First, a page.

There are five of these,
  1. Beginninglessness: This negates the perception that God can have a beginning and thus He is limited by time. Allah subhana wa ta'ala created Time and therefore He is not bound by it. His Existence is Eternal.
    Rather, Time is bound by Him.
  2. Endlessnessness: This negates the perception that God can have an end.
    Allah subhana wa ta'ala shall never cease to exist.
    He neither has a beginning nor an end. He is Ever-Living, Infinite.
  3. Oneness: This negates the perception that God is more than one, that is, there exists co-equals to Him in Power and Authority. There is no Might equal to His. He is Almighty, All-Powerful.
  4. Self-Subsistence: This negates the perception that God is in need of food and rest. God is Self-Sustaining, Independent and free of any need. Rather, all in existence needs Him yet He is beyond the need of all.
  5. Absolute Uniqueness: This negates the perception that God is like any of His creations or anything in creation is like Him. There is no likeness unto Him in all of existence. Anything that comes to mind of the visage of God is not Him. Our limited mind and senses cannot perceive Him. All His Attributes are uniquely His.
    He does not see as we humans see nor hear as we hear. His Greatness is Tremendous, His Wrath is Terrifying and His Mercy is Infinite. This is the core idea of Tawhid al-Asma as-Sifaat. None of His Attributes are like that of any of His servants. He is absolutely dissimilar to all that exists.
Now, let us look at the Affirmative Attributes of Allah subhana wa ta'ala. There are seven of these,
  1. Life: This is the prerequisite for all the other Attributes. Not all things in existence possess knowledge or will. An entity has to be alive to possess these. Allah subhana wa ta'ala is Living and Ever-Living.
  2. Knowledge: Allah subhana wa ta'ala has absolute knowledge of all things. This knowledge is not partial nor changing. Allah does not know of a thing or event as it unfolds. Rather, His Knowledge of it is there before it has already happened because Allah is beyond the boundaries of Time. He sees the past, present and future all at once and His Knowledge does not increase nor decrease. His Knowledge is not acquired nor altered. Allah subhana wa ta'ala is All-Wise, Omniscient, Supreme.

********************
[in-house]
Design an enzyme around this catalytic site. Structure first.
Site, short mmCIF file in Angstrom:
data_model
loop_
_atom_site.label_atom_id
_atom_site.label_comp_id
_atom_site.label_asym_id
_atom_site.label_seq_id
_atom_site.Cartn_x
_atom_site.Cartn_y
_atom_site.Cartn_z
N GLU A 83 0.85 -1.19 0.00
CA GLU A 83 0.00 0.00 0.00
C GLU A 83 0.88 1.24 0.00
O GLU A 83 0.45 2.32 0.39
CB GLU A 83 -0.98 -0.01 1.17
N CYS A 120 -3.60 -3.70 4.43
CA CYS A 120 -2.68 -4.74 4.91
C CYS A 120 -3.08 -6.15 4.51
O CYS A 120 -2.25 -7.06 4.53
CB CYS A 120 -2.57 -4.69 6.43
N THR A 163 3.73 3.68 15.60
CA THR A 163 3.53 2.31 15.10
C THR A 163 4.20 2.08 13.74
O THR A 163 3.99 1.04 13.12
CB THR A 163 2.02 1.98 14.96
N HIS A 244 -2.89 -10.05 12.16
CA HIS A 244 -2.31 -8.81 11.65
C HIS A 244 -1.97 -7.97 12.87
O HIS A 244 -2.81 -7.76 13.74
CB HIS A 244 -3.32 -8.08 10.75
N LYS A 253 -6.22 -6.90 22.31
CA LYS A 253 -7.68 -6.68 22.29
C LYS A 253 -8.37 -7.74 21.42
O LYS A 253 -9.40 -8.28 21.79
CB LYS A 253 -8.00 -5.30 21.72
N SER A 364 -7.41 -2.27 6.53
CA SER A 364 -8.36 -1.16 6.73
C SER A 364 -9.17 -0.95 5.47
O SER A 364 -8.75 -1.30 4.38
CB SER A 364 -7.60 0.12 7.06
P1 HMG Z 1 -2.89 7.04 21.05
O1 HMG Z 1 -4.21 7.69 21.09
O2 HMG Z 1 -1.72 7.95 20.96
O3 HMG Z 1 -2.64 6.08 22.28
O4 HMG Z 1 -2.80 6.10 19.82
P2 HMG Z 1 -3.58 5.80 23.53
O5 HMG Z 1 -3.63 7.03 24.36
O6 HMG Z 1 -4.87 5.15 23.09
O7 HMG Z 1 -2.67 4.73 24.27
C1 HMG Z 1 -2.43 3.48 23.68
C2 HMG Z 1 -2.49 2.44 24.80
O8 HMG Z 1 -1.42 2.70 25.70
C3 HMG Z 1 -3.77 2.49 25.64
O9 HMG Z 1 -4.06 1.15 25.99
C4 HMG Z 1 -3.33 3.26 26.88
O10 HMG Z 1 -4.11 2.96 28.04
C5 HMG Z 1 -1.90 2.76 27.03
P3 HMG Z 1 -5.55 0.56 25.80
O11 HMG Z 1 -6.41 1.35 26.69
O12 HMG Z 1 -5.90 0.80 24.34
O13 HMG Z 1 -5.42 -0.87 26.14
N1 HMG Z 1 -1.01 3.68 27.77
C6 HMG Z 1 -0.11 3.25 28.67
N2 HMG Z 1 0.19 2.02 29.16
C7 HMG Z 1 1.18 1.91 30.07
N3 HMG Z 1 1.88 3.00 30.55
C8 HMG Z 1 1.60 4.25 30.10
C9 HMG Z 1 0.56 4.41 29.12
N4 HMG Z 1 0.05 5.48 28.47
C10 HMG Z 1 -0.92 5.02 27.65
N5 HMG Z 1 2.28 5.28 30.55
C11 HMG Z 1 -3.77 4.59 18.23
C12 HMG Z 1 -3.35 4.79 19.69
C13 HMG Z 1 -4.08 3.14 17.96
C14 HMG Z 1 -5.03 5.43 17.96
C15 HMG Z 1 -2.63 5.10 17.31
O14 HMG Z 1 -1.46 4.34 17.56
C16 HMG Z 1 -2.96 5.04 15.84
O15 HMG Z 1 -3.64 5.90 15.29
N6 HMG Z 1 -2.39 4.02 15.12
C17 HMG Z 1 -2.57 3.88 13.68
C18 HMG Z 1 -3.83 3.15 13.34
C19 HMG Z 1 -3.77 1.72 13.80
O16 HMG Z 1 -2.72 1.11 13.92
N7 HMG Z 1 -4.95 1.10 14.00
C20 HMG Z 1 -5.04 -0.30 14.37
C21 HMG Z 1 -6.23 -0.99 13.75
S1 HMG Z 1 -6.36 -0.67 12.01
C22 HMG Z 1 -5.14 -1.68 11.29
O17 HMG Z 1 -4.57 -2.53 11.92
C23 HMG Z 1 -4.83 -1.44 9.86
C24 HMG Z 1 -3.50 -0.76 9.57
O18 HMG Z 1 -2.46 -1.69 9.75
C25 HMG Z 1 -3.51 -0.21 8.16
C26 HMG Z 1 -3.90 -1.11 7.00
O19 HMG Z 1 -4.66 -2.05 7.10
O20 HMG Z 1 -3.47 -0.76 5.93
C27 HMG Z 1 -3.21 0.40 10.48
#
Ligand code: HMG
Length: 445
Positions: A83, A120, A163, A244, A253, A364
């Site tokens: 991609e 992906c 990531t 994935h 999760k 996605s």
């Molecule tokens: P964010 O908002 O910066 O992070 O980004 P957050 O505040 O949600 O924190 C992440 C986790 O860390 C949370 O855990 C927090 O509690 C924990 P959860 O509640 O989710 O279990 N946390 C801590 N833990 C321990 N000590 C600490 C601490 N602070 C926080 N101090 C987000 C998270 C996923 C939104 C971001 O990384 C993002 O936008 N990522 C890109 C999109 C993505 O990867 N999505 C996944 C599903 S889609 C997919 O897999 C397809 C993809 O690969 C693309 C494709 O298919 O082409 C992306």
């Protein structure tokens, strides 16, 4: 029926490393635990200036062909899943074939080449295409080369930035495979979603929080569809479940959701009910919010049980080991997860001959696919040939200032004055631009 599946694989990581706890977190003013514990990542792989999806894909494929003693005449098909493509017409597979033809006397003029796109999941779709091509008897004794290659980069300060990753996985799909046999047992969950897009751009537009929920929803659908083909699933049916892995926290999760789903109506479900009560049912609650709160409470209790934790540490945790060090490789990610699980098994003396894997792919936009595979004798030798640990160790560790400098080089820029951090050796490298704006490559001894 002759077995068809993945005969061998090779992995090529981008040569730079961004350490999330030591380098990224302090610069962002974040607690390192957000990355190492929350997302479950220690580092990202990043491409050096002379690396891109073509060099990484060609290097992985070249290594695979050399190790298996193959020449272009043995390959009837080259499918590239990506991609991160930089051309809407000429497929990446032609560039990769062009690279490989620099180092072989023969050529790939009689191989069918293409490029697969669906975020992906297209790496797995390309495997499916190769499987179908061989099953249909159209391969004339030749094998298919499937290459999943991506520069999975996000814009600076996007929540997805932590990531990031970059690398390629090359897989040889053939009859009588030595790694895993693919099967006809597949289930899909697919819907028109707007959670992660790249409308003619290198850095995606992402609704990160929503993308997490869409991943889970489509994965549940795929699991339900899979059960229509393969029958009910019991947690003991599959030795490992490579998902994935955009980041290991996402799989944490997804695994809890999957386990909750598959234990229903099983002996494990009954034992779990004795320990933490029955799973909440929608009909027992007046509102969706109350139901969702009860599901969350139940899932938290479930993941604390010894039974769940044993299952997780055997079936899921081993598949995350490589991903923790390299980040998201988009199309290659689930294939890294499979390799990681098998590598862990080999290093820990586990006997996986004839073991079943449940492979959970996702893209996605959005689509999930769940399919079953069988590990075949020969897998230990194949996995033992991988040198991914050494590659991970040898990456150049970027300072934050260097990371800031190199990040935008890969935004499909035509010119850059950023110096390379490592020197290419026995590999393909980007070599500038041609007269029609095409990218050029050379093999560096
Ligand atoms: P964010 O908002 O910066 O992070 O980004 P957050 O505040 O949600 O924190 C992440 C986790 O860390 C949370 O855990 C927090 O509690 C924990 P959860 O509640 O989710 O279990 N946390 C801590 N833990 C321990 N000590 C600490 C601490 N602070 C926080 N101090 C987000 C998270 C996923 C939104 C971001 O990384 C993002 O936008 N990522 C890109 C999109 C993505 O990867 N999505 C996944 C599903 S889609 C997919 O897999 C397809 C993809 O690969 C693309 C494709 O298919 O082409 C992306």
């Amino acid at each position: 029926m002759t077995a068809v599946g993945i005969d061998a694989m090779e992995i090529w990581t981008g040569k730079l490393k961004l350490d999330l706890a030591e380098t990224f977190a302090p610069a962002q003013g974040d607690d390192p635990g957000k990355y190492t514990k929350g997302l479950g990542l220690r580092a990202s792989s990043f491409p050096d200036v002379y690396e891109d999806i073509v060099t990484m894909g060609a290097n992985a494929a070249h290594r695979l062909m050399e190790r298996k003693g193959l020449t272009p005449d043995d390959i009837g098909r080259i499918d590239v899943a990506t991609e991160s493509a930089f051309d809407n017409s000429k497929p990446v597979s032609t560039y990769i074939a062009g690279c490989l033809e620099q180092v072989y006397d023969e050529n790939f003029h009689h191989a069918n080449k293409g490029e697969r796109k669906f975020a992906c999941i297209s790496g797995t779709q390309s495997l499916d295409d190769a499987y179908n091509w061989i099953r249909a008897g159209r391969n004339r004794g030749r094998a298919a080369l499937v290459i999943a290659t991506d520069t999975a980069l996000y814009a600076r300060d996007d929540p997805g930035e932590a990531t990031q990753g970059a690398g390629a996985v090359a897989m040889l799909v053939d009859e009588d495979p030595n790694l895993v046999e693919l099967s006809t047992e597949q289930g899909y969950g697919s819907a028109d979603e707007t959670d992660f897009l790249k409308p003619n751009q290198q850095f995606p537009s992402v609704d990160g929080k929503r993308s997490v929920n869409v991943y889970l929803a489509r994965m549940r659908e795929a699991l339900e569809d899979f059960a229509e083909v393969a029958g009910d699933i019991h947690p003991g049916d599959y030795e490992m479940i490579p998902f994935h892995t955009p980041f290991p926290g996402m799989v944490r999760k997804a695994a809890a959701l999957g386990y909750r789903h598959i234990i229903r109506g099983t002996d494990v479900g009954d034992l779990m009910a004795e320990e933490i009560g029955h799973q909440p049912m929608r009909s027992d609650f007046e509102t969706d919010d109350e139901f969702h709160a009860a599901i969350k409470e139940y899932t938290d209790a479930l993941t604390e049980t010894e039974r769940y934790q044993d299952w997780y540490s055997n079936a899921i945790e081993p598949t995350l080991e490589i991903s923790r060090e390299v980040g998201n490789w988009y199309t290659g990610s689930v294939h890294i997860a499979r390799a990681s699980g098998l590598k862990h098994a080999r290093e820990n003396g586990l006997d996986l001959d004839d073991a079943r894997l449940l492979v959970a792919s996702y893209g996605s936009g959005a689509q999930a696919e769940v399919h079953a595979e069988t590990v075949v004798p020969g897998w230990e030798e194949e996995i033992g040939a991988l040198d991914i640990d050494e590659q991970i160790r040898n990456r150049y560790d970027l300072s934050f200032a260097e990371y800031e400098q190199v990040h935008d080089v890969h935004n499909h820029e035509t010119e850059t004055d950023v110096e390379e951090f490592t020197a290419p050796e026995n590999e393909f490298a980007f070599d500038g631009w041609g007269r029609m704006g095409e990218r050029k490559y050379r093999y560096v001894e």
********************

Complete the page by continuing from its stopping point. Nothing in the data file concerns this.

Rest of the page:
3. Will: Everything happens by Allah's Will. Whatever He intends to pass shall come to pass. He says "Be" and it is. The Will of Allah is bound by none and encompasses all that exists, has existed or will come to exist.
    His Will extends beyond existence and creation. Rather, all that exists in creation exists only by His Will.
    Allah subhana wa ta'ala, glorified is He, Exalted and Mighty, King of all Kings.
  4. Power: Allah subhana wa ta'ala is Omnipotent. There is nothing impossible for Him even though the creation may perceive it to be impossible. He can do anything without means or effort. No act is beyond His Grasp.
  5. Speech: Allah speaks but not as the creature speaks through tongues and language.
    Rather, His Speech, like Him, is Eternal.
  6. Sight: Allah sees but not as the creature sees through eyes and light. Rather, His Sight encompasses all, whether they be in the dark or the light, in the depths of the ocean or the heights of the heavens. There is nothing in existence beyond Allah's Sight.
  7. Hearing: Allah hears but not as the creature hears through ears and sound. Rather, His Hearing is absolute. Not a leaf falls in a garden nor a drop of rain that He does not hear. Allah subhana wa ta'ala hears and answers the call of all who beckon to Him.

These are the Supreme and Divine Attributes of Allah, Unique to Him, and we believe in all of them for disbelief in any of it is tantamount to kufr and renders one beyond the fold of Islam. May Allah subhana wa ta'ala protect us all. Ameen.

Understanding these Attributes is paramount for a believer as it increases one in piety and God-consciousness (taqwa). It is a testament to the Awesome Grandeur of Allah and why He, and Only He, deserves to be worshiped. Atharites call it Tawhid al-Uluhiyyah.

Comprehension of the Divine Oneness of God in Lordship, Visage and Divinity, and frequent Remembrance of it is the Key to increasing Faith because it reminds us then that God exists, His Power is real, His Judgment is Just and He sees, hears and knows all. This reminder steers one away from sin and strengthens their conviction to do good. After all, how can one disobey God and commit sin as he remembers to himself that he is constantly within the Sight, Reach and Knowledge of God?

Moving on to the next tenet of faith, we believe in Allah's angels. We believe that the angels exist and they are true living beings, not metaphors for the forces of nature or anything as such. The angels that have been mentioned about in the Quran and Ahadith are literal and real. We believe that the angels are sinless and entirely incapable of disobeying any of God's Commands regardless of whatever it may be. The angels have the ability to question their Lord but never to go against what He says. Thus they have no free will.

The angels in Heaven are pure, infallible beings, fearsome entities created out of pure, holy light. They spend day and night worshiping God tirelessly without any exhaustion encompassing them. Their existence is a reality and denying it is kufr. May Allah subhana wa ta'ala save us from that. Ameen.

The angels whose names and roles we know about specifically are: